Unfortunately, many general contractors and owners receive proposals and sign them, with the full intention of sending that contractor or subcontractor “the real contract.” However, the “real contract” is the proposal they signed. On the flip side, contractors and subcontractors send proposals to owners, with the intention of fleshing out the details in the “real contract;” such as timing and price. But again, whenever the owner gives affirmation that the proposal is accepted, the contract is formed.  In fact, whenever a legitimate offer is sent to a specified party that has the “power of acceptance,” and that party accepts, a legally binding contract is formed. 

3. You can enter into a contract without a contract – Hear me out. The elements of a contract are offer, acceptance, consideration (exchanged promises). Meaning, the elements can be achieved in a document titled “Contract” or in an email exchange. That’s alarming. Many busy contractors (read all contractors), might negotiate projects valued over hundreds of thousands of dollars via email and accidentally form a binding contract. 

You may say that is ridiculous. Well, the judge will determine whether it really is ridiculous. The judge will look at whether it was unreasonable for the party to believe that they were entering into a legally binding contract. Some of those factors will include the medium of communication, but it will also include questions like: “were all the important terms discussed?” (Price/timing/scope of work) and “was the language used definite or hypothetical?” Here’s a fun game: go through your email and find all of the legally binding contracts you probably formed – this week. 

So now that you’re in the know of what a judge thinks of how you’ve been doing business for the past 20-plus years, what do you do? If you’re worried about Rules No. 1 and No. 2 and you’re an owner, send a binding contract in response to the proposal. 

This will be understood legally as a counteroffer. That way, any negotiation of the “contract” will happen over your own contractual document. If you’re a contractor submitting a proposal, do not cut corners in your proposal. Send all of your terms, conditions and dates. That way, if the owner signs your proposal, they have agreed to your terms.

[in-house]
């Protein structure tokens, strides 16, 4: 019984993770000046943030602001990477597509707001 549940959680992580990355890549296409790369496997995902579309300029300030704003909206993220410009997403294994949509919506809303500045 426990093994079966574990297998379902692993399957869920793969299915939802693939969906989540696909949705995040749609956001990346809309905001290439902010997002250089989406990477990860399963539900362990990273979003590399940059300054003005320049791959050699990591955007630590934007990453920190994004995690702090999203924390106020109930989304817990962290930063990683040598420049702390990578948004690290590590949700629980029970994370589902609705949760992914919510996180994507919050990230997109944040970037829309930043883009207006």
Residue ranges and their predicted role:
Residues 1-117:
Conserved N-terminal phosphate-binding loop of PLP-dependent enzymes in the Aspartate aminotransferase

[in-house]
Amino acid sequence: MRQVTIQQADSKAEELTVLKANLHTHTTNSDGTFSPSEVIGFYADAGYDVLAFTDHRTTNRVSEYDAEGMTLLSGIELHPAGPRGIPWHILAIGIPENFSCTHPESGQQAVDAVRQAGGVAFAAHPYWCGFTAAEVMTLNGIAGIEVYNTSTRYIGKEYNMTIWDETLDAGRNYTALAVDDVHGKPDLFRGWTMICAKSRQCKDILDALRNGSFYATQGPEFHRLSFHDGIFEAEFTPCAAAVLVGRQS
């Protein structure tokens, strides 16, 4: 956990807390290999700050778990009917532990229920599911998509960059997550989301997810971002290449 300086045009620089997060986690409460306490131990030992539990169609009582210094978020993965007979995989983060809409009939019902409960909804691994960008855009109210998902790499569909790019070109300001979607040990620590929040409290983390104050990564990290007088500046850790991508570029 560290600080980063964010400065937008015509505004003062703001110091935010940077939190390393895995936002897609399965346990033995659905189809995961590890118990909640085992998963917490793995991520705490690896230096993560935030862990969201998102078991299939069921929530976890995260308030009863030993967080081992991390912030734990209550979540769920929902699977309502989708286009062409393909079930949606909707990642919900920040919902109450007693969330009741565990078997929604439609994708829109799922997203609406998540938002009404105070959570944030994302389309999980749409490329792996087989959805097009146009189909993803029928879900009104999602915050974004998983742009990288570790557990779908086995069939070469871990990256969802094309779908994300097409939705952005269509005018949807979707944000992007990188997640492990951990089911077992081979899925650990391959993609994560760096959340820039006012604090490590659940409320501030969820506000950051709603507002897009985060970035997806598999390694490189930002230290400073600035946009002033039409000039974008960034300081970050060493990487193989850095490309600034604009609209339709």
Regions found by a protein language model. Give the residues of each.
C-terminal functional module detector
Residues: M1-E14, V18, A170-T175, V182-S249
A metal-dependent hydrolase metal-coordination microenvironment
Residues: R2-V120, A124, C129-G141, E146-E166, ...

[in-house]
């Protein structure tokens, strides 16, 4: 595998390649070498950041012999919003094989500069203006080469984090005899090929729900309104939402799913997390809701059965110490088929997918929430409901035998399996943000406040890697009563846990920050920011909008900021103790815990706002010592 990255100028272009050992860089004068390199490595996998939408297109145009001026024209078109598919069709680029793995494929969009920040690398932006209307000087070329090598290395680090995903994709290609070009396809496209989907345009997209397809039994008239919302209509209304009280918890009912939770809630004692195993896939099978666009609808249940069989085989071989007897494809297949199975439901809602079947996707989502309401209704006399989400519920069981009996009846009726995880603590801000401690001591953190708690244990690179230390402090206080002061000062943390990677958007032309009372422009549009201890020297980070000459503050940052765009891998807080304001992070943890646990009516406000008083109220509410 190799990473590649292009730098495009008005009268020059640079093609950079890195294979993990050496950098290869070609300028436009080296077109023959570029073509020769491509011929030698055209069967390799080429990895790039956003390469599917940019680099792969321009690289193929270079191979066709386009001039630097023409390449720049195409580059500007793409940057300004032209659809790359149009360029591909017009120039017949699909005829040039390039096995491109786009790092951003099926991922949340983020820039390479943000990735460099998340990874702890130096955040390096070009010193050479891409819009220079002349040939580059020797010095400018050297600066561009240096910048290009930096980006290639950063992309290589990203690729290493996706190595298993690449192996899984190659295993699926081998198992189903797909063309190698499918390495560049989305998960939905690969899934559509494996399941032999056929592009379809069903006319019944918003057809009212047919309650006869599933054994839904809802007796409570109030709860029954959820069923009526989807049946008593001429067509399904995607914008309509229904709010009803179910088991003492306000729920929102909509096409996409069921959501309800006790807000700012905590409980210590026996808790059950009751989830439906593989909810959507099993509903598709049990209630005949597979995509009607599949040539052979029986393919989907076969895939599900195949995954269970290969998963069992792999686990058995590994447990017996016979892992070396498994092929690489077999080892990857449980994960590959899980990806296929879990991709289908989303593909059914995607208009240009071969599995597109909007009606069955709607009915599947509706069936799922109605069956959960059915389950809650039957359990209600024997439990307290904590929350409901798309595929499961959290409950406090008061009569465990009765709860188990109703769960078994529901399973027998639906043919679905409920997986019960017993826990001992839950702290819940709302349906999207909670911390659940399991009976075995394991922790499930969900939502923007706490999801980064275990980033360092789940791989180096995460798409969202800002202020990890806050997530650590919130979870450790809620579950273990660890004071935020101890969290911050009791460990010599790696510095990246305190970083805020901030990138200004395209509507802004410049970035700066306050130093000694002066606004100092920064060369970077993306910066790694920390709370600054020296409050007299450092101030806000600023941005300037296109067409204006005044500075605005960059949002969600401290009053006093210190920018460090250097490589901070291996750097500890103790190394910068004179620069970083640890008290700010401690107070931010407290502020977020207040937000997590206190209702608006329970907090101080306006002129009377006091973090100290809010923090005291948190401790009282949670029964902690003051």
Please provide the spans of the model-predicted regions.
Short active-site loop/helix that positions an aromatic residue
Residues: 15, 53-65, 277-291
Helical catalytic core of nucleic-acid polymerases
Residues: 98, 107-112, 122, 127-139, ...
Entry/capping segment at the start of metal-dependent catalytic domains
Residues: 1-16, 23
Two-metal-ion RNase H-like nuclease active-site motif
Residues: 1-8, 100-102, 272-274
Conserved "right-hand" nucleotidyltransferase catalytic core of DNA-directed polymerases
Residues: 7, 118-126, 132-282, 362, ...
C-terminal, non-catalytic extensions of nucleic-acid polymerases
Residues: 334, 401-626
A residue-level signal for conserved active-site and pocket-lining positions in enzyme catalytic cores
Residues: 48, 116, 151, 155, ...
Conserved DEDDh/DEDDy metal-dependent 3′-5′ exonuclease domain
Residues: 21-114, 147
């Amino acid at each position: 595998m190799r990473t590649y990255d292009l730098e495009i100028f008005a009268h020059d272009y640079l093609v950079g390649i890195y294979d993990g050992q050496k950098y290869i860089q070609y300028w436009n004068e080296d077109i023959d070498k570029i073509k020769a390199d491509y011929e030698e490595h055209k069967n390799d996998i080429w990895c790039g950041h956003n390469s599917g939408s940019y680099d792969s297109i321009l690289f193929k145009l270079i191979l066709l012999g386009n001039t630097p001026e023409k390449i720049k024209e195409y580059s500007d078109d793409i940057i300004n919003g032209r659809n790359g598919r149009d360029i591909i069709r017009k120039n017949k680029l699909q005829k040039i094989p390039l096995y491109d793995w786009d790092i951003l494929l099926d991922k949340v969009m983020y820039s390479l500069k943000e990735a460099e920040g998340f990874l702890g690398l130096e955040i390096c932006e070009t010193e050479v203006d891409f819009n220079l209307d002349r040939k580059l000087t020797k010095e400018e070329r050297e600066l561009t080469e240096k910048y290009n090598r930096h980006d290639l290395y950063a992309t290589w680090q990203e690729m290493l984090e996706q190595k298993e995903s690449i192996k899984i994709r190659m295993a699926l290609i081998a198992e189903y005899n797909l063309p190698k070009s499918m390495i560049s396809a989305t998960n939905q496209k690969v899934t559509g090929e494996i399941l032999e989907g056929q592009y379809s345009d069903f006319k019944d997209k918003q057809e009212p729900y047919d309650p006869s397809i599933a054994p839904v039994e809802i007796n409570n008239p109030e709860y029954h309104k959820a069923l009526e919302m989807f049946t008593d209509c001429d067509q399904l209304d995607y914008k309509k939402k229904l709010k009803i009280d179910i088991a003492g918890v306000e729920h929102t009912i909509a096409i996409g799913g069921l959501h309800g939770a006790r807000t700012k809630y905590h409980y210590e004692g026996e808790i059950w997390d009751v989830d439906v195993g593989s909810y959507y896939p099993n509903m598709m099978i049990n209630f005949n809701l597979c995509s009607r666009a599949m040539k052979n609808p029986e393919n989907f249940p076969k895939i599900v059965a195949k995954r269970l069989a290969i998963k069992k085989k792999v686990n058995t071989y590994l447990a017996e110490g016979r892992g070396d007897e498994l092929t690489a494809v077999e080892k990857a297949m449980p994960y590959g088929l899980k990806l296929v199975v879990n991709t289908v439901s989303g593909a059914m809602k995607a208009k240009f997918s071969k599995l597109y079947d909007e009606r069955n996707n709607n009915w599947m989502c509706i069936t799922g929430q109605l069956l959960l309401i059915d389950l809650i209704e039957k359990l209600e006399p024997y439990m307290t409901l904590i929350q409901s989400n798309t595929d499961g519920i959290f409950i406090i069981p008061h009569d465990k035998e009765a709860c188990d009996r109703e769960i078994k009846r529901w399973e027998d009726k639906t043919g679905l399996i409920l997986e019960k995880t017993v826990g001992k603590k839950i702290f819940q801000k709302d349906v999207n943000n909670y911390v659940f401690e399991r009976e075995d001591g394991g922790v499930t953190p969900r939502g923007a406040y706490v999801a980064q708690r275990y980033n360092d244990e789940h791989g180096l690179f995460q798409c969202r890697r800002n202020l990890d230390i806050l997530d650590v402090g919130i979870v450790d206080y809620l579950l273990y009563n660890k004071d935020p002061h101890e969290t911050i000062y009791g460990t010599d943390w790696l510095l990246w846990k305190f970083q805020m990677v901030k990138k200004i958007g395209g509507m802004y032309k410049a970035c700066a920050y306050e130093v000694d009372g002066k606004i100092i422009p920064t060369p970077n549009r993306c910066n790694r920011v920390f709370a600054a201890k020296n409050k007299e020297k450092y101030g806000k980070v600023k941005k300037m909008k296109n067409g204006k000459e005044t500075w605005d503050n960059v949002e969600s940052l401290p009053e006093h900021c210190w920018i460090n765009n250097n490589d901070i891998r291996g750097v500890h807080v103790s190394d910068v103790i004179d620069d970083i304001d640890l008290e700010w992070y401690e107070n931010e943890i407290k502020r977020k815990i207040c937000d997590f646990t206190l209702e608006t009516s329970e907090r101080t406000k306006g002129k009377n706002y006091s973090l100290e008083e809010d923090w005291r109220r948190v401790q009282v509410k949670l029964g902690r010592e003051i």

If you’re concerned about Rule No. 3, try adding speculative and conditional language to you emails. Make sure it’s clear that nothing in your conversation is confirmed and all terms discussed are a precursor to you formally sending them a contract with the final proposed terms. 

Knowing how a judge thinks will help you refine your 20-plus years of experience. Not only will you continue doing what you do best, you will limit a judge coming in and telling you the unthinkable: that you’re wrong. 

Disclaimer: The information contained in this article is for general educational information only. This information does not constitute legal advice, is not intended to constitute legal advice, nor should it be relied upon as legal advice for your specific factual pattern or situation.

Dredeir Roberts, Esq., serves as in-house counsel for a national design-build firm Core States Group where she drafts and negotiates contracts for the day to day design/build process. She has a passion for helping business professionals navigate the murky areas of the law so that they can quickly get back to doing what they do best: work.